You will undoubtedly need to learn how to summarize an article at some time during your university or college study. It's an important element of learning and showing your professor you've comprehended the content.
In essence, an article summary is a rewrite of someone else's work. It may sound straightforward, but when it comes time to write a summary, it can be difficult to know where to begin. It takes more than just restating arguments to earn full marks, so make sure you include everything your professor wants.
This blog will teach you how to summarize an article step by step. You can pass any class with our support. This is how it works.
Why do we need an article summary?
Before learning how to summarize an article, you need understand why you're doing it. You may need to underline crucial material for a research article. You'll know what supporting arguments to employ and how to approach the topic when you write the paper. The ultimate purpose of an article summary is to summarize the material and have a better comprehension of it. It's a critique of someone's work. This type of assignment is required in many disciplines and courses since it provides a wonderful method to learn about a topic or gain insight from an expert. Their arguments can assist you comprehend why you're studying this subject. Article summaries demonstrate reading and interpretation skills. How well did you grasp the author's perspective? Could you summarize their points in a few sentences? This is a valuable skill that you will use throughout your college or university career and beyond.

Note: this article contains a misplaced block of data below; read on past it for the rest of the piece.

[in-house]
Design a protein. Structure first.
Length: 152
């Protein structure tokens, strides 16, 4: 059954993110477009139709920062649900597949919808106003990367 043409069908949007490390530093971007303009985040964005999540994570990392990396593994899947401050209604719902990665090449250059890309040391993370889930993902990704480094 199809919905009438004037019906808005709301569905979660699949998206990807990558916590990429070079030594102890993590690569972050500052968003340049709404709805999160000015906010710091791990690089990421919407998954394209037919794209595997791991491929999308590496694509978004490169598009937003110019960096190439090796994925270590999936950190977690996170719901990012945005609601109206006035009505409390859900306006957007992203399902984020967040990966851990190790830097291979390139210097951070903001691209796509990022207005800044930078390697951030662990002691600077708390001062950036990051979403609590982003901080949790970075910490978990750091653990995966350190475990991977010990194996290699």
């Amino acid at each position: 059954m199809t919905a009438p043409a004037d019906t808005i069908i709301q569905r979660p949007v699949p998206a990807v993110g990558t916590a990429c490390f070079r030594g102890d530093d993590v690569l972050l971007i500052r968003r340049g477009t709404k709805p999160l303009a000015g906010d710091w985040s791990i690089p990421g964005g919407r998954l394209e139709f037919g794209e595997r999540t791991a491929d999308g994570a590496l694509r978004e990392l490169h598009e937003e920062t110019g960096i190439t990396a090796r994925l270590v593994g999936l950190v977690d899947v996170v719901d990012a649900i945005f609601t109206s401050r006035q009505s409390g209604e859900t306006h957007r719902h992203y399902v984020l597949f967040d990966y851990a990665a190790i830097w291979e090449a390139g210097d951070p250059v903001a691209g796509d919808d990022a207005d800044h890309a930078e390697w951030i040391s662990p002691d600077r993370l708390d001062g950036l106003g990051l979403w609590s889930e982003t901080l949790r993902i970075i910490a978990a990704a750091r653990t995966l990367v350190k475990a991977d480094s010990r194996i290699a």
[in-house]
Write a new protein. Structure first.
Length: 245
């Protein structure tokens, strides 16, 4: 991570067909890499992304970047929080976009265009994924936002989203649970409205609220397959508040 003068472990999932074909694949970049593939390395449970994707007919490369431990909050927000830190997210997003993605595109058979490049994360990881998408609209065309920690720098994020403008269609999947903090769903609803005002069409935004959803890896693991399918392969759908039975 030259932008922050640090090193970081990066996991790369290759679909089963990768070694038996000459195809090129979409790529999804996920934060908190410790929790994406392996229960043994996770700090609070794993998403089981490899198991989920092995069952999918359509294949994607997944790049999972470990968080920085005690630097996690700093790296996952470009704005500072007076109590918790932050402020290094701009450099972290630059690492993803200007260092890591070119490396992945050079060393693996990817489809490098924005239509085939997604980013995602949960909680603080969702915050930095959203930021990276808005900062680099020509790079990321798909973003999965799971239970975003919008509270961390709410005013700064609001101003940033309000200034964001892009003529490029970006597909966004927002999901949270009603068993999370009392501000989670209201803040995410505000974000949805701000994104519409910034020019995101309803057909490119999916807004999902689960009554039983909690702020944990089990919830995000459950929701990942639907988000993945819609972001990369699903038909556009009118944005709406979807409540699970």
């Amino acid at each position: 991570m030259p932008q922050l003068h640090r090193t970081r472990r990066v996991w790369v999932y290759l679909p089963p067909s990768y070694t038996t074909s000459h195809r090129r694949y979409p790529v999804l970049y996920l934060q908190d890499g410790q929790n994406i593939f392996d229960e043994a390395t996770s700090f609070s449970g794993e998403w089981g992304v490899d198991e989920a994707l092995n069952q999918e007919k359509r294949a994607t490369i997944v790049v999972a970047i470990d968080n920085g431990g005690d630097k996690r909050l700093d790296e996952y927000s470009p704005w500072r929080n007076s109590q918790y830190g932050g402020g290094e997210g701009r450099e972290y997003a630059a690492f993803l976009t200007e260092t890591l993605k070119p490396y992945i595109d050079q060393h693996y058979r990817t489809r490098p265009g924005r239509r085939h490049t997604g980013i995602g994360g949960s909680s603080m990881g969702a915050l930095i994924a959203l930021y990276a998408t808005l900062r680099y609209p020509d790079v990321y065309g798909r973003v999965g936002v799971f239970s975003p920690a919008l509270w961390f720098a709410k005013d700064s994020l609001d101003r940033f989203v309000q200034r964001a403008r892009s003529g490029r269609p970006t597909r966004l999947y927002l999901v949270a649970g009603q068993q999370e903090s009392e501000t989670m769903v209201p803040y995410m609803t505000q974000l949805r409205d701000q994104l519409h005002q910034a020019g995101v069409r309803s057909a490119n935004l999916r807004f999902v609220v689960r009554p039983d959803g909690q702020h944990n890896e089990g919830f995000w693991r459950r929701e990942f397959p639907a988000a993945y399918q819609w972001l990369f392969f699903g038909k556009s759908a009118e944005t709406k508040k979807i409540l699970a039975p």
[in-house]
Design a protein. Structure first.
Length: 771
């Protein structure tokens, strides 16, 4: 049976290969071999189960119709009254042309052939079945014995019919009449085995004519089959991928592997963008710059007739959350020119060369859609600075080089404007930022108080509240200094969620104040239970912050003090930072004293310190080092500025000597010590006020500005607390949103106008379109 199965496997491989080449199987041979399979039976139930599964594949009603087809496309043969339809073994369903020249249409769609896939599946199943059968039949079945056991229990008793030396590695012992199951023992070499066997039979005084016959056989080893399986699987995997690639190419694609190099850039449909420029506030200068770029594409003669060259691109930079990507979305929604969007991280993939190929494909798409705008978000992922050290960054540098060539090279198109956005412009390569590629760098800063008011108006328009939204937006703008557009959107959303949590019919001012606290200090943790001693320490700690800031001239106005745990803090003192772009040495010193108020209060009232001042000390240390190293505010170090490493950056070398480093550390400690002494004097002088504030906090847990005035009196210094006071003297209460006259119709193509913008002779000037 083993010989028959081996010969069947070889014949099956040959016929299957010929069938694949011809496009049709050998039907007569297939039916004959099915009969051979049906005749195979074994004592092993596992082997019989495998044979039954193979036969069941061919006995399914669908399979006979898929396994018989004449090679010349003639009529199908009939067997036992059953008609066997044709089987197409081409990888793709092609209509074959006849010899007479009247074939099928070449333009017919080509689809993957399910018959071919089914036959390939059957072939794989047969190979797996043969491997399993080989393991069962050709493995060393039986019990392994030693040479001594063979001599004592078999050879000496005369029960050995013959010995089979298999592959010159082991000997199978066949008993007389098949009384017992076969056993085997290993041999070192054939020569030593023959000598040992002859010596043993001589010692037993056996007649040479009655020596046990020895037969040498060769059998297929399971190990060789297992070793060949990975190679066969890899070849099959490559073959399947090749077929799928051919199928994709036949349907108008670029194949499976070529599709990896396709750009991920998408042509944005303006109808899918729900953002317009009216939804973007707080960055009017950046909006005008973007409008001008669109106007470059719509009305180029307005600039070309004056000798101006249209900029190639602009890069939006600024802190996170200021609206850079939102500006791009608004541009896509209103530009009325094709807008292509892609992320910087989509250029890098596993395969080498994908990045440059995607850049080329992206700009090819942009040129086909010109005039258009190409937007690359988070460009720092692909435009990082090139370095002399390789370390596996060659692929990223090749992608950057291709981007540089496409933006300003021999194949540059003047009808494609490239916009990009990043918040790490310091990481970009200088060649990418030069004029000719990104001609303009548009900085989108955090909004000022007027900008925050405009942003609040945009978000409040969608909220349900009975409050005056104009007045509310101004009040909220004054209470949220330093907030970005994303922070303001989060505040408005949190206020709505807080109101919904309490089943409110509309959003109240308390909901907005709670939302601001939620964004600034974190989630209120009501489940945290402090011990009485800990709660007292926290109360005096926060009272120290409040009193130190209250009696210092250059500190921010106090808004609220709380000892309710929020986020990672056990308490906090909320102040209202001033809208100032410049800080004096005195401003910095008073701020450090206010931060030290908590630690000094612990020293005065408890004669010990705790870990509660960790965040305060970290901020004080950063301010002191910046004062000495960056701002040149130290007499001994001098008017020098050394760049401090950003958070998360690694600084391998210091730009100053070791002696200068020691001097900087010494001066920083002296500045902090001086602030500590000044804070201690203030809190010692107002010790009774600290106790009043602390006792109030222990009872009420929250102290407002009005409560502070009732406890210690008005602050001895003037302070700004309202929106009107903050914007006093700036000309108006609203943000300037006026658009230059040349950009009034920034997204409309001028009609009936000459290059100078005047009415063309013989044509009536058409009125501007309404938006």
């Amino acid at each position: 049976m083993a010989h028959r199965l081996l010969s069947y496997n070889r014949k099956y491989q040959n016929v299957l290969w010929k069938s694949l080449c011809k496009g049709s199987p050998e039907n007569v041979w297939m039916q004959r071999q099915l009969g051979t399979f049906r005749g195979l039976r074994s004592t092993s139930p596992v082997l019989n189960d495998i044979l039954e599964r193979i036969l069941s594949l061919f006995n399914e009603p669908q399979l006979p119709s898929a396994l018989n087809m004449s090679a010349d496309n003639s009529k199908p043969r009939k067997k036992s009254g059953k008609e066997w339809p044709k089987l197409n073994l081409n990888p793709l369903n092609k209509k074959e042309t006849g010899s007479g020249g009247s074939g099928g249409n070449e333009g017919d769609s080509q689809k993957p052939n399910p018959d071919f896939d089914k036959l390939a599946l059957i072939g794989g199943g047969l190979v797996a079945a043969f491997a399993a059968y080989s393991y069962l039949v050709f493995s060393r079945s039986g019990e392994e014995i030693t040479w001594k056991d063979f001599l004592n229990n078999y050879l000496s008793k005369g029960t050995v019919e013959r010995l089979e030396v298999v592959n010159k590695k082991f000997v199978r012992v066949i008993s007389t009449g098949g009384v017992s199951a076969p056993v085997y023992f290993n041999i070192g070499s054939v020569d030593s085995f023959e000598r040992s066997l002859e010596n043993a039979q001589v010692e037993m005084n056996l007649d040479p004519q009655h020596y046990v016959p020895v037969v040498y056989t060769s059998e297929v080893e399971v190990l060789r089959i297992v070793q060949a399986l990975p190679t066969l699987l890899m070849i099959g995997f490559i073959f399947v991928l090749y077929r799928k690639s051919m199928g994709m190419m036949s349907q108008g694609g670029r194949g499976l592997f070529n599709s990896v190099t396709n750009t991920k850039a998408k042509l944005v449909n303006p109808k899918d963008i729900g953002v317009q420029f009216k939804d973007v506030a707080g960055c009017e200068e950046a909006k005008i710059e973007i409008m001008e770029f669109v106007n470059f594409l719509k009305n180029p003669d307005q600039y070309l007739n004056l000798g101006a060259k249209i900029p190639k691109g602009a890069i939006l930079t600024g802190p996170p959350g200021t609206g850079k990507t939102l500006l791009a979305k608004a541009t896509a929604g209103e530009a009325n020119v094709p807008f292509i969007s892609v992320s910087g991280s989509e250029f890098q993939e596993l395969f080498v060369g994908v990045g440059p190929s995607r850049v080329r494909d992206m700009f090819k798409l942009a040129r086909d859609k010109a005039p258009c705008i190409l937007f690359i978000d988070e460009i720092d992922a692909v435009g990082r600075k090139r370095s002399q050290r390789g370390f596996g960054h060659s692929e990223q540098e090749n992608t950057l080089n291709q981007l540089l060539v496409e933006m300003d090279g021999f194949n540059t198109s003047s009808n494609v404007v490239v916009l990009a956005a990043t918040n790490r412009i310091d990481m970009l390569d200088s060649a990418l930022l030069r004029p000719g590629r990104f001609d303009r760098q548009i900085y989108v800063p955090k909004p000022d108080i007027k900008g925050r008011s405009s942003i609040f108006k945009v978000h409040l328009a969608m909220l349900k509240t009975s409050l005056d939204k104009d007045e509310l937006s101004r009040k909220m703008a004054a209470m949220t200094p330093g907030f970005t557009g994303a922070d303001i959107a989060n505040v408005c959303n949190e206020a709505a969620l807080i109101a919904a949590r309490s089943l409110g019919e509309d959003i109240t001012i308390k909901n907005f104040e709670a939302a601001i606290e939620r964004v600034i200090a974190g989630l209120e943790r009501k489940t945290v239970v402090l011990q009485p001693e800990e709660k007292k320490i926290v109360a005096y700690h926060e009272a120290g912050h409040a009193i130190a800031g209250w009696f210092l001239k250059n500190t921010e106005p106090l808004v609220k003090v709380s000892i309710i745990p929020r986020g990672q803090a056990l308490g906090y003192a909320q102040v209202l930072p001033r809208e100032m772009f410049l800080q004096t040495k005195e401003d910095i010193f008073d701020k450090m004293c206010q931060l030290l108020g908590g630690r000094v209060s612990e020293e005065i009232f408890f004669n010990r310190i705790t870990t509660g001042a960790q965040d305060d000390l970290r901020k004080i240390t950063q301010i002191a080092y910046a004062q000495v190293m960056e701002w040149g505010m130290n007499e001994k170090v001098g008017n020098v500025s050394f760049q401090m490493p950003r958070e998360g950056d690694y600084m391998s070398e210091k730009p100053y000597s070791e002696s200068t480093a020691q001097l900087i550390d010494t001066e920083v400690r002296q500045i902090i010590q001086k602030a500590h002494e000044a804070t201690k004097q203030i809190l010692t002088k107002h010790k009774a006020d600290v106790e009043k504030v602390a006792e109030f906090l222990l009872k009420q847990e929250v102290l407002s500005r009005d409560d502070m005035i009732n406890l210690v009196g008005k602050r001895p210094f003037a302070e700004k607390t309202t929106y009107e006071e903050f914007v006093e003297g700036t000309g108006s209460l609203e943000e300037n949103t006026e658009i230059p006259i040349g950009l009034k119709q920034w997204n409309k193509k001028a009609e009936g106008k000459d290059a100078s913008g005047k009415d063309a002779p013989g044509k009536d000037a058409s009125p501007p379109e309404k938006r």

Depending on your job path, you may need to know how to summarize an article. Your employer may ask you to read and summarize a case study for a meeting or to compress an article for a project.
Begin with the Abstract
- The first thing you should do if you want to learn how to summarize an article is to read the abstract. Because it is effectively the author's own synopsis of their content, this is where you should start every time.
- The abstract of the article is intended to simplify and condense the material you will read as well as the author's position. Here's an example: there's some background information with a statistic, a brief description of the issue and topic, and the study's purpose or results.
- If you have to choose your own article to summarize, or if you're utilizing an article summary for a research paper, the abstract will tell you if the article includes the necessary information. It can also tell you whether or not the issue is of interest to you.
Read the Article at Least Twice
- The first step is to thoroughly study the article to gain an idea of the author's arguments and topic. At this point, don't worry about taking notes; instead, focus on glancing through the article without the burden of your homework. This is where solid reading skills come in handy, especially if your studies demand you to write a lot of article summaries.